Pistachio Cantuccini

These pistachio cantuccini are similar to biscotti in shape and method. But not the same as they use pistachios instead of almonds. I went for a Mediterranean feel using rose water and mixed peel.

Pistachio Cantuccini
Pistachio Cantuccini
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Confusion around the word biscotti

In English, biscotti is used to describe a hard, twice baked biscuit. Similar to a rusk, but smaller in size. But in Italian, biscotti is the plural of the word biscotto, which refers to any biscuit or cookie. If you want a biscotti as you know it, you would be well served in Italy to ask for cantuccini. These are traditionally almond biscuits from Prato in Tuscany and are for dipping in Vin Santo.


I always think of Sicily when we eat pistachios as that is where the best pistachio paste can be found. Even though the trees are a member of the cashew family, pistachios are in fact seeds and not nuts. The Romans planted pistachio trees in Southern Europe after conquering Asia. This is why you find pistachios being used in so many Mediterranean dishes.

Veering from the traditional and making pistachio cantuccini

As I did not use almonds which are traditional when making biscotti I called these pistachio cantuccini. I veered far from the norm using rose water and mixed peel to add flavour to this treat. I would never consider dunking my cantuccini in anything, but it is common practice in Italy and Spain where they are served alongside a dessert wine. Outside of Italy one might dare dunk these into a cappuccino or latte. Do you dunk your biscuits? If yes, what do you use for dunking?

Today’s inspirational recipe from Lavender and Lime ♥ Pistachio Cantuccini ♥ #LavenderAndLime Share on X

Pistachio Cantuccini

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5 from 1 vote

Pistachio Cantuccini

These biscuits will keep well if stored in an airtight container
Recipe Category: Baking, Dessert, Italian
Makes enough for: 20 biscuits
All Rights Reserved: An original recipe from Lavender and Lime


  • 1 egg
  • 1 egg yolk
  • 115 g xylitol
  • 62.5 mls canola oil
  • 5 mls rose water
  • 115 g self raising flour
  • 110 g four, plus extra for dusting
  • 20 g pistachios, roughly chopped
  • 20 g mixed peel


  • Preheat the oven to 180° Celsius
  • Place the egg and egg yolk into a stand mixer bowl and whisk until pale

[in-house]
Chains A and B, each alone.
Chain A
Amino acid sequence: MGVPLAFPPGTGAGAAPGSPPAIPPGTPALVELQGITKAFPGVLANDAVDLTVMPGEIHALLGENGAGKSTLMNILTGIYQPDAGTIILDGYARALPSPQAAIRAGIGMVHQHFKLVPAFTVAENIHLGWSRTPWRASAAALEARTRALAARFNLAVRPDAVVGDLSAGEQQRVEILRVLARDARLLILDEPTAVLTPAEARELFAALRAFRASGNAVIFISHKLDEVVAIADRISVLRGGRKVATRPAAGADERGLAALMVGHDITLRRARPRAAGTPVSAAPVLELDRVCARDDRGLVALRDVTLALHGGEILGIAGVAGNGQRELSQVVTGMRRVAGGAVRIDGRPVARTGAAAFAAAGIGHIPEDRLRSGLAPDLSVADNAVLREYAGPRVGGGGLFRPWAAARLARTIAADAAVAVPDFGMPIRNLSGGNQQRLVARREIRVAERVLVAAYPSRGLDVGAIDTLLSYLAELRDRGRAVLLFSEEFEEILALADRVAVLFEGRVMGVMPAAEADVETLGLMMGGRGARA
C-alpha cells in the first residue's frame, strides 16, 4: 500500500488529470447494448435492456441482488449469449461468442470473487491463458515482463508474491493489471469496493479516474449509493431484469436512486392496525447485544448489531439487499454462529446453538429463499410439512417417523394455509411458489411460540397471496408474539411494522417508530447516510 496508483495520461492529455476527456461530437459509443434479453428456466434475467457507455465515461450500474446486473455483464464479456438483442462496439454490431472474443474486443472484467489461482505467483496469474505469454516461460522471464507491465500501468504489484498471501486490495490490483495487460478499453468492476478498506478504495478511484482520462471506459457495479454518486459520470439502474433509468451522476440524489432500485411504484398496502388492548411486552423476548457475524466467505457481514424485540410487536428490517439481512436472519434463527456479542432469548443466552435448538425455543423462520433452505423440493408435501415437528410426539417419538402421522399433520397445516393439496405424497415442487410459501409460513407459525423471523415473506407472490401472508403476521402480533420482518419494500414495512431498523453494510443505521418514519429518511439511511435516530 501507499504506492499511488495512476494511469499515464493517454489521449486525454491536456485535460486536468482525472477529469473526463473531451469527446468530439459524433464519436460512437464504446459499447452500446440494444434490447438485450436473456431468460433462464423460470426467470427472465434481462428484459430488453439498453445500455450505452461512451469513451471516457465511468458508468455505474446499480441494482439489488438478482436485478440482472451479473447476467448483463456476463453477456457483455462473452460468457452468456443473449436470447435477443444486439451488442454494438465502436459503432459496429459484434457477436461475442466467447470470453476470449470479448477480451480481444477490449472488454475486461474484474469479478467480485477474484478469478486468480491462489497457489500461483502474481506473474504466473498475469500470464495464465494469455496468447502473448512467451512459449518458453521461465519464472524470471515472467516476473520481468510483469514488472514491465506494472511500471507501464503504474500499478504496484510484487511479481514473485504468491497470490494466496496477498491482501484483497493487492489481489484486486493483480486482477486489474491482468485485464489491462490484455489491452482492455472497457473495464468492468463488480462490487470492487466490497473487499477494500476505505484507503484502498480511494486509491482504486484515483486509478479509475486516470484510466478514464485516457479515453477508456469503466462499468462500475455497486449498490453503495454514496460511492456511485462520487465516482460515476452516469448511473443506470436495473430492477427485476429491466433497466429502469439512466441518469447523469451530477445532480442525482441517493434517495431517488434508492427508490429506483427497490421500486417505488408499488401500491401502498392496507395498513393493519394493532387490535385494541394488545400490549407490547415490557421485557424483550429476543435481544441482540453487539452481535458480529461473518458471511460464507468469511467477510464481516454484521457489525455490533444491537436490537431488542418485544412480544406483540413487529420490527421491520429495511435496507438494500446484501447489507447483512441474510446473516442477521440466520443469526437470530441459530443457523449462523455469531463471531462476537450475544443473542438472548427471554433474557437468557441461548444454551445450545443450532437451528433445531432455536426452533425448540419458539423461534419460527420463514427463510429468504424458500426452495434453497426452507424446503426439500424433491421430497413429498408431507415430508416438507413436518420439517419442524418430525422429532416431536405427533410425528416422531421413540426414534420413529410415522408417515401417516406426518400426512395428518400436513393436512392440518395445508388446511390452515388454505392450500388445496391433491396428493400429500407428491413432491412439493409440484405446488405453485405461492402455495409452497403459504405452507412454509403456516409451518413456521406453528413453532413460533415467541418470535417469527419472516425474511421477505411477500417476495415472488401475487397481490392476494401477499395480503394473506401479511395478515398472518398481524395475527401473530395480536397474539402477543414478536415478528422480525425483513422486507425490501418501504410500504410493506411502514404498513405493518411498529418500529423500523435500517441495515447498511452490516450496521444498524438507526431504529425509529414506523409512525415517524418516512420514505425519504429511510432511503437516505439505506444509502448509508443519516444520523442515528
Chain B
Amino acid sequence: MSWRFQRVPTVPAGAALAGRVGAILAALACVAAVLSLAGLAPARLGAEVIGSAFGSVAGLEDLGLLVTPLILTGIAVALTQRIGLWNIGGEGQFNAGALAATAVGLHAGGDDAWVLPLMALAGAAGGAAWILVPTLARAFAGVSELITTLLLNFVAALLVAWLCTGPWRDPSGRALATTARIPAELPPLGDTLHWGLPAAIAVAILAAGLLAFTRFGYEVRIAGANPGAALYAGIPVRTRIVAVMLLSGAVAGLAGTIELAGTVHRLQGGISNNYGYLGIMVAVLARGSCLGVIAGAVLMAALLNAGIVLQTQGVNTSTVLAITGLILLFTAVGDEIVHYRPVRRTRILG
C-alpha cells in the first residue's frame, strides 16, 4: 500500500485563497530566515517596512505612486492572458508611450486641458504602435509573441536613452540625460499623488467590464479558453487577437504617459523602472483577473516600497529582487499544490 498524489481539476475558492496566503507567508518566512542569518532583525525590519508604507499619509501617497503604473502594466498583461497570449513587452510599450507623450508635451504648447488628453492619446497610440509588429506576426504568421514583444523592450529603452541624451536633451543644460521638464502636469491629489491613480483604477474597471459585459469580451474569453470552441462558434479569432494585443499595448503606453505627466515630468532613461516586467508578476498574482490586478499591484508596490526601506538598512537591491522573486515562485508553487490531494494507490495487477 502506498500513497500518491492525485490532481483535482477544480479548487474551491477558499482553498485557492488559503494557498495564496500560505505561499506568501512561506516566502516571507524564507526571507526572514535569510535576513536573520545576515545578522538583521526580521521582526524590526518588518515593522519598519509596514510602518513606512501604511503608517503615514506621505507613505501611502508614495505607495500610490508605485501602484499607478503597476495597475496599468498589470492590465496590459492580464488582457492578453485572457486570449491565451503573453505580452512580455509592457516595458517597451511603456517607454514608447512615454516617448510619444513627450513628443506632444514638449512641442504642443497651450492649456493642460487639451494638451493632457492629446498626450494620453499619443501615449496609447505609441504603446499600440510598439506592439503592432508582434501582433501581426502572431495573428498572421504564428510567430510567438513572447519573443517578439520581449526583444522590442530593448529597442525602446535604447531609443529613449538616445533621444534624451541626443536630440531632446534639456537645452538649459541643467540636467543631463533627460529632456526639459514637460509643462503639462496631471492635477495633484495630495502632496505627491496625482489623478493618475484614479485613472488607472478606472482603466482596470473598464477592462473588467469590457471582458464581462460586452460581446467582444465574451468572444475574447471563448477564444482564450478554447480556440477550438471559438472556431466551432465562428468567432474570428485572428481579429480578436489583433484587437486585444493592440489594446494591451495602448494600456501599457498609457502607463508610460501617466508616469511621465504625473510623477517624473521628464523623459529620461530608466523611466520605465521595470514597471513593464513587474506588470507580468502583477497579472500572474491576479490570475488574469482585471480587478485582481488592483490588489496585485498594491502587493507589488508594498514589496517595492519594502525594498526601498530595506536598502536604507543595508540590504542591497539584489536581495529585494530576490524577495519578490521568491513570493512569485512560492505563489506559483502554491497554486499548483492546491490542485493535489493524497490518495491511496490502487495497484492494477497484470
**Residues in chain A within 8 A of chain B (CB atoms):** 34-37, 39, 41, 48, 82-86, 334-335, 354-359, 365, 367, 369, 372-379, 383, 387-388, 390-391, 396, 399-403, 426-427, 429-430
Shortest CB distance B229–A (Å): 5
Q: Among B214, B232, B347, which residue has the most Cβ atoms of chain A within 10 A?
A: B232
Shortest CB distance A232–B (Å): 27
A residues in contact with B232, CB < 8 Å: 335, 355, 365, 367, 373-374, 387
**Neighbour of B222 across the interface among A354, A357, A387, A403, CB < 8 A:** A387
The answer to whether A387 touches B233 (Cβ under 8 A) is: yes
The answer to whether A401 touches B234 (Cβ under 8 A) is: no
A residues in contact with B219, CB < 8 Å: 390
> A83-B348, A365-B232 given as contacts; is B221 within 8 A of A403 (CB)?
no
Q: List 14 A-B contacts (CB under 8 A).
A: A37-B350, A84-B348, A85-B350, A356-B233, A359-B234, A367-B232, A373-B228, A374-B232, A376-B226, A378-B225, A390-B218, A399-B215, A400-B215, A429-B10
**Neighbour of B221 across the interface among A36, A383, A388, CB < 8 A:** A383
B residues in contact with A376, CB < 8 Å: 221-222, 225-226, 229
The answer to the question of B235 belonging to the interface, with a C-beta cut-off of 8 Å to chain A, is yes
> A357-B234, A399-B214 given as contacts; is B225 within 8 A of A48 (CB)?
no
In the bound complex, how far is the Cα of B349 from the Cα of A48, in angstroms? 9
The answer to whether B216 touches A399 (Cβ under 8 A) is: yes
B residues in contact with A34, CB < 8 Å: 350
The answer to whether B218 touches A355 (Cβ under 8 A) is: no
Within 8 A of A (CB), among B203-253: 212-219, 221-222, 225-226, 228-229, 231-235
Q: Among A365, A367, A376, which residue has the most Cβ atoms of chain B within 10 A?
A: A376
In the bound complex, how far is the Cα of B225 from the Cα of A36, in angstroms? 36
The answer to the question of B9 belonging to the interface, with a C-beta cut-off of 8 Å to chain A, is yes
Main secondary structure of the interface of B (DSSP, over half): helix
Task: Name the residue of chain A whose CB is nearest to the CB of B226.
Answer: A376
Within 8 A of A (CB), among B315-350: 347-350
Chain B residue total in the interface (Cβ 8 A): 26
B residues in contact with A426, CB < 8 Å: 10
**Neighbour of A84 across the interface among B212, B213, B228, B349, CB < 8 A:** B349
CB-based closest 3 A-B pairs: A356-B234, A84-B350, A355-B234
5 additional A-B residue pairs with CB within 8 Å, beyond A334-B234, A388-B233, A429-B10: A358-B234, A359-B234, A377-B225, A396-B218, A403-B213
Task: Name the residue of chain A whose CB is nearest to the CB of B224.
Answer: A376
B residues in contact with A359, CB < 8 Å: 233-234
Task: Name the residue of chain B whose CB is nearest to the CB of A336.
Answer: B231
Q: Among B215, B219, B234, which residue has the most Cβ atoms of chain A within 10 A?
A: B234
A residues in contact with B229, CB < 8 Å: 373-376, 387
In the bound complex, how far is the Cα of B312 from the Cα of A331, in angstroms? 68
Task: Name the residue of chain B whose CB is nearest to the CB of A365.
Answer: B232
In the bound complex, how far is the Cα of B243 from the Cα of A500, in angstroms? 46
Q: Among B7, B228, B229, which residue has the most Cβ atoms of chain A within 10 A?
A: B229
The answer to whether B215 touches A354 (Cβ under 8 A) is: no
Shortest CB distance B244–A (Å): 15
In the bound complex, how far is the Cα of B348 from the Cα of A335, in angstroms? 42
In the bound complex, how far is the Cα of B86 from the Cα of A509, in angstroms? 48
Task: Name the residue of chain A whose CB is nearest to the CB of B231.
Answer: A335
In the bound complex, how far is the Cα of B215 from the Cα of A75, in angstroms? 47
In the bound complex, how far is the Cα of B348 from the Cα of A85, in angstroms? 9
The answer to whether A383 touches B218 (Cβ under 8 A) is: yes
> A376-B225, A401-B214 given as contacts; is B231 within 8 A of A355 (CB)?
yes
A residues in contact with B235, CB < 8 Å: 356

• Add the xylitol, oil and rose water and whisk to combine
  • Add the self raising flour, flour, pistachios and mixed peel
  • Change to a dough hook and mix until the dough forms a ball
  • Turn out onto a lightly dusted surface and bring the dough together using your hands
  • Shape into flat log 30cm long and 3cm high
  • Place onto a baking tray and place into the oven for 20 minutes
  • Reduce the temperature to 170° Celsius and bake for a further 10 minutes
  • Remove from the oven and leave to cool on the tray for 5 minutes, at the same time, reduce the oven temperature to 100° Celsius
  • Trim the edges and cut 1.5cm thick slices and place the slices back onto the baking tray
  • Place into the oven and bake for 1 hour, turning them over half way through the baking time
  • Remove from the oven and place onto a wire rack to cool completely

In Cape Town we are celebrating Tweede Nuwe Jaar. This is a traditional celebration and the day of the Cape Town Minstrel Carnival.

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21 thoughts on “Pistachio Cantuccini

  1. As far as I know, I’ve only made biscotti. I love dipping them in coffee; I can’t dip in vin santo for some reason. These pistachio variety are beautiful, but they’re screaming to be dipped!!!

  2. These look wonderful. I love all the ingredients including the rose water. I had no idea about the differences with biscotti.

  3. The detailed recipe and tips make it accessible for home bakers. Thanks for sharing this delicious twist on a classic treat. It’s an invitation to savor the joy of baking and enjoying Pistachio Cantuccini!

  4. Happy New Year!

    I learned a few things from your post this morning. I did not know pistachios were considered a seed and ‘biscotto’ in Italian refers to cookies and biscuits.

    I am a dunker of the highest order (laugh). These would be dunked in my coffee and my vin Santo (smile).


  5. Ooooo, yes. This looks as wonderful as it sounds. You really do great work with your photos, Tandy. My little NM town is known for the “Giant Pistachio.” I visited it once. It’s very comical. I was surprised to learn that pistachios and pecans seem to love the climate here. Hugs.

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